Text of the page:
The bulk of this volume is concerned with the degree and nature of change in the four West European countries which have figured prominently in the literature on consociationalism. Using as his point of departure Lijphart’s early theory (Lijphart 1968a, 1968b and 1969), Luther (1992, 1997b and Chapter 1 of this volume) has deduced the role which parties and party systems might be expected to play in consociational democracies. These roles are then examined in five single-country studies and three comparative chapters. Luther explicitly rules out Lijphart’s later work, in which he extended his focus to embrace a much wider range of countries and of political phenomena and developed a distinction between ‘majoritarian’ and ‘consensus’democracies (Lijphart 1984a:1-36 and 207-22).
However, the aim of this chapter is to examine specifically the latest manifestation of Lijphart’s theory and to seek to establish the extent to which it is useful in determining the degree and nature of political change. Such an examination offers a useful addition to this volume, since the precise operationalisation of the concept of consensus democracy which Lijphart offers should facilitate the analysis of change. The main research question of this chapter is whether Lijphart’s operationalisation of consensus democracy can be improved by introducing indicators that are related to party behaviour.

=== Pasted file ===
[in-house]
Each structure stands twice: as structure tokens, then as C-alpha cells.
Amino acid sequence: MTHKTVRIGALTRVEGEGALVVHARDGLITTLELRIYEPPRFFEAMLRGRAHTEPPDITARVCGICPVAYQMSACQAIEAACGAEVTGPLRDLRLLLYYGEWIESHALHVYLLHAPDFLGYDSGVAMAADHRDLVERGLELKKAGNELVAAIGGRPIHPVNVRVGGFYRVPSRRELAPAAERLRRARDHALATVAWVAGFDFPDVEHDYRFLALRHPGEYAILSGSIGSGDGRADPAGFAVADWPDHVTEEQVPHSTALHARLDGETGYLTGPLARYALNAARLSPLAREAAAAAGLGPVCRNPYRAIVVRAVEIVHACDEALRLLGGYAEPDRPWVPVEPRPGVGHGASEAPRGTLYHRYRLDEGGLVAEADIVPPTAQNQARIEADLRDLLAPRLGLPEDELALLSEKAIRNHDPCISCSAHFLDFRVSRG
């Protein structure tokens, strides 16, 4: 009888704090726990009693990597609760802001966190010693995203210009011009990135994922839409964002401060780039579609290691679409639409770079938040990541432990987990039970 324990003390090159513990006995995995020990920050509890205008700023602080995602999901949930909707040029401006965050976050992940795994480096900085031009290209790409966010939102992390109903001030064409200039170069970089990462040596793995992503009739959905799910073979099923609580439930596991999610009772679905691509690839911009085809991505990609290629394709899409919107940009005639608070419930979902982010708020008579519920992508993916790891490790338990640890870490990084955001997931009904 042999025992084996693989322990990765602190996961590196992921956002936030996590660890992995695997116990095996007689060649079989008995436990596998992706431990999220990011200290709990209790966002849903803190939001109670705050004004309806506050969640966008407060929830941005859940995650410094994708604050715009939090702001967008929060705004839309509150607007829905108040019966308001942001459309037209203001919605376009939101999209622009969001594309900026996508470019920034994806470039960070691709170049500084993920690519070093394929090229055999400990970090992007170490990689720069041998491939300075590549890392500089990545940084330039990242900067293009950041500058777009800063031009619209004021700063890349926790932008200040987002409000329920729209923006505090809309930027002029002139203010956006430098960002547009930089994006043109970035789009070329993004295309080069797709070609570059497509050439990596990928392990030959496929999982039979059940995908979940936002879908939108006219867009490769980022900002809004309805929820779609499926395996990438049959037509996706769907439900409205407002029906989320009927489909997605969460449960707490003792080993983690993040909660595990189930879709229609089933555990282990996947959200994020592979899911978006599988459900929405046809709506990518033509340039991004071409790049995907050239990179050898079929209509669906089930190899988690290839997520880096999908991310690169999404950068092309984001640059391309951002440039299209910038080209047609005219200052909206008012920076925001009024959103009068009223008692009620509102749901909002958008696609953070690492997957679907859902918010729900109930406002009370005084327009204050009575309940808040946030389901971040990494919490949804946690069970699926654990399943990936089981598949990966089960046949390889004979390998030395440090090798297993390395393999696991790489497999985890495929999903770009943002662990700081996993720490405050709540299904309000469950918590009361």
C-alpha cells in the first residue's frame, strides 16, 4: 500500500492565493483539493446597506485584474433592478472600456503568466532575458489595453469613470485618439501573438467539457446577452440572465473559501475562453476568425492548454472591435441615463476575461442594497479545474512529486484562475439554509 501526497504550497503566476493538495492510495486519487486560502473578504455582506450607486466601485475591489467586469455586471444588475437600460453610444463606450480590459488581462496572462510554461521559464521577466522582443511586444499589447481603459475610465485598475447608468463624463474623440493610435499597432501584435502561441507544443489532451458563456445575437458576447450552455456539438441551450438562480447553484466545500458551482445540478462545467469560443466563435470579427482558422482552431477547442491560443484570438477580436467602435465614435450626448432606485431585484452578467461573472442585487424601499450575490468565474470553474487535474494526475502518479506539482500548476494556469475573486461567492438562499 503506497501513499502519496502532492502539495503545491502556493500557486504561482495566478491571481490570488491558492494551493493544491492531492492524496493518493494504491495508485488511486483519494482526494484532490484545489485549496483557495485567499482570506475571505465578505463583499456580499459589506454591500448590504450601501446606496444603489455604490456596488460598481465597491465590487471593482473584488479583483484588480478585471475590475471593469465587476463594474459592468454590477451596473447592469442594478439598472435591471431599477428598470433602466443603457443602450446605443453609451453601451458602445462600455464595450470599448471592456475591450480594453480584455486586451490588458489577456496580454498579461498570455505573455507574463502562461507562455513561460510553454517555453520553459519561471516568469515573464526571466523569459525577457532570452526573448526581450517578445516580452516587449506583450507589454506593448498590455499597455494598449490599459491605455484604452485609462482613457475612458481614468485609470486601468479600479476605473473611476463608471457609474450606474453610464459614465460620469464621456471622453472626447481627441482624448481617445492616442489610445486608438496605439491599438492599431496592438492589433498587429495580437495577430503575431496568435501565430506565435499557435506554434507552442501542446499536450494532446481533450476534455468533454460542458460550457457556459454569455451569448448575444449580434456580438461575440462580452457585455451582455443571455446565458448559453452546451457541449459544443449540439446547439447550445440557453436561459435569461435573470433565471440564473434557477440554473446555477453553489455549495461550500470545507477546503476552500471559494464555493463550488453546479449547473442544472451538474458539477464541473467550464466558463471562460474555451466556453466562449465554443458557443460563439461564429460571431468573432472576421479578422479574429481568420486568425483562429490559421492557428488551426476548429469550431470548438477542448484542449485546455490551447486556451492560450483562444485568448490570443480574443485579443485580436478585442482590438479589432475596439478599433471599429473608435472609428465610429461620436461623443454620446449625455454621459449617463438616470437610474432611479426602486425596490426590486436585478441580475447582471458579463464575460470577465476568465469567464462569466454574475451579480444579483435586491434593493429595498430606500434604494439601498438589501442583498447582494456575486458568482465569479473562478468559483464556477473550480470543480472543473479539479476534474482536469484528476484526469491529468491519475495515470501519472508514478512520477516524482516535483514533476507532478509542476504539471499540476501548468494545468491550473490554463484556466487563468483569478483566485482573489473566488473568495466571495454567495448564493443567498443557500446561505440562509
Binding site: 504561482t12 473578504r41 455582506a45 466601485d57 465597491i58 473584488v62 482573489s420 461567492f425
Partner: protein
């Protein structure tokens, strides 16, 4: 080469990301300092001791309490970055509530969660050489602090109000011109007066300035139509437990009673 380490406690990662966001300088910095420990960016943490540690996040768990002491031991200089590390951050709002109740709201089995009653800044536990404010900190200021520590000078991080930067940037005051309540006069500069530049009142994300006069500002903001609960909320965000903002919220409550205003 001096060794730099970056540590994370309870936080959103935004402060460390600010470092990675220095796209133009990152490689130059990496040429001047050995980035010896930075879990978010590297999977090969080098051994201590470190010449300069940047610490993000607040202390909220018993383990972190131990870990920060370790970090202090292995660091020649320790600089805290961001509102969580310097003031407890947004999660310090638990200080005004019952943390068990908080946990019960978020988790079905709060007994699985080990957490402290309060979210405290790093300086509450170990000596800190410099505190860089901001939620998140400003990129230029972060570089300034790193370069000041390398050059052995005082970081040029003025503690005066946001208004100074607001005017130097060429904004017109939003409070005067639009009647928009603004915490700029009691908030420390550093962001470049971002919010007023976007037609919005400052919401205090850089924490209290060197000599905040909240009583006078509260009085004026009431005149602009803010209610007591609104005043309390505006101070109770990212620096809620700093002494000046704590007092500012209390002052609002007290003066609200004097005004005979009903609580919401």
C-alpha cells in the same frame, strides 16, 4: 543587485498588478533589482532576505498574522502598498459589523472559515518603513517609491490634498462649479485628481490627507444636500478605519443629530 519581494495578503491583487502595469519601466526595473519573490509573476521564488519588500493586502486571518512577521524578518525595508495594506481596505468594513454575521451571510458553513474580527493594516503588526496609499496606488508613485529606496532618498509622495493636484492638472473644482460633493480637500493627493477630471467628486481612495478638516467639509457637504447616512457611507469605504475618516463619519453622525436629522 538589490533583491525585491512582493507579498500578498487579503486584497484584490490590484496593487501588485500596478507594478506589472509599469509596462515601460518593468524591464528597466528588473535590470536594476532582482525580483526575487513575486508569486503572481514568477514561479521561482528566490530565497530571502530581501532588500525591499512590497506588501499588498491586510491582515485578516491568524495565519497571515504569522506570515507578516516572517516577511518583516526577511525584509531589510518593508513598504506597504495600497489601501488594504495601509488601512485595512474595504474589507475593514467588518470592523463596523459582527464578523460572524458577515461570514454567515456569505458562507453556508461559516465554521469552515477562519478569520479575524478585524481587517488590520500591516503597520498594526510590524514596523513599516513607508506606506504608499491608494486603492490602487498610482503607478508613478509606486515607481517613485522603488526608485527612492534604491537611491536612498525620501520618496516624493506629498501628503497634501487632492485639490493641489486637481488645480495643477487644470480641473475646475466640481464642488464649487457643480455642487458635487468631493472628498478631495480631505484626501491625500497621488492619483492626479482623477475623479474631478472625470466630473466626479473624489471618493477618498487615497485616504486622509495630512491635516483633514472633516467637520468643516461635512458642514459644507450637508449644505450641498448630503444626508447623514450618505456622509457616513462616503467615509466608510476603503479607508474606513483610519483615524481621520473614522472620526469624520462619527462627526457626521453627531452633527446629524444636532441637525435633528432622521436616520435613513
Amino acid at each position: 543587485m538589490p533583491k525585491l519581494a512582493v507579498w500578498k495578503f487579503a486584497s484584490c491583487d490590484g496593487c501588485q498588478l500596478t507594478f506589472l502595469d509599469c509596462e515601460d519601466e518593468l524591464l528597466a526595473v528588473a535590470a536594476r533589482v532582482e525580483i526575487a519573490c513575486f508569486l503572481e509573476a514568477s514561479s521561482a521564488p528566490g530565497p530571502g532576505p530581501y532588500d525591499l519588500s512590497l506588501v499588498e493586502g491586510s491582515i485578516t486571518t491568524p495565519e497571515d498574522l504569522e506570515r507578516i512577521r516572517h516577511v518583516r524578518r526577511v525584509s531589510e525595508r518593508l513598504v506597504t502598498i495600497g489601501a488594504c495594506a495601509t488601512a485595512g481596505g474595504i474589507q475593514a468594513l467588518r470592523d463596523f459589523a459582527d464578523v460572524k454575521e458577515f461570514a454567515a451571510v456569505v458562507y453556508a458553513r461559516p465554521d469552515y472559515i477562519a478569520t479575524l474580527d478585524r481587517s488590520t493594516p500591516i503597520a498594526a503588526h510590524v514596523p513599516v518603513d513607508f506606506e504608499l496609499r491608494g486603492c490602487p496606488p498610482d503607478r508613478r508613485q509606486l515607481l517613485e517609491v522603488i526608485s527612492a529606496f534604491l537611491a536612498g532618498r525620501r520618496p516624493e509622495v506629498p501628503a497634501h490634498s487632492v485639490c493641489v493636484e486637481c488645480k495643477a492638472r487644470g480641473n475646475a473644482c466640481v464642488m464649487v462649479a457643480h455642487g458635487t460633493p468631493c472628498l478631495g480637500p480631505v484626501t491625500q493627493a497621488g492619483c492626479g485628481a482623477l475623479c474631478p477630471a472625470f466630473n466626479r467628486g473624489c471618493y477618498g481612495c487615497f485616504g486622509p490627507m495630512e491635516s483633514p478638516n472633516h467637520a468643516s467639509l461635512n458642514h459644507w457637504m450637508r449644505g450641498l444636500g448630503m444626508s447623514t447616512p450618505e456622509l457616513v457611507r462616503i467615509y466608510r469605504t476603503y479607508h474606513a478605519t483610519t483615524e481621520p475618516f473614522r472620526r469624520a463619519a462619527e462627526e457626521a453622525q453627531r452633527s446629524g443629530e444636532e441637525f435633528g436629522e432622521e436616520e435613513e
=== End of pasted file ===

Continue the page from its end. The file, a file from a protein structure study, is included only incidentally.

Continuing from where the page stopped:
Consensus democracy is the term that Lijphart uses for democracies in which power-sharing is the main institutional feature of long-term politics (Lijphart 1984a). Lijphart insists on distinguishing between the newer term ‘consensus democracy’ and the older term ‘consociationalism’. The latter term focuses on the societal structure that allegedly necessitates coalescent behaviour for effective political decision-making and that can be explained as a form of sociological functionalism. 2 Consensus democracy, on the other hand, focuses on the political institutions per se which facilitate effective decision-making under adversarial societal conditions and can be viewed as a form of institutional engineering (Keman 1996:212). In his suggestions as to how to operationalise consensus democracy, Lijphart is more explicit than he was when outlining the nature of consociationalism. He argues that the latter refers to four general mechanisms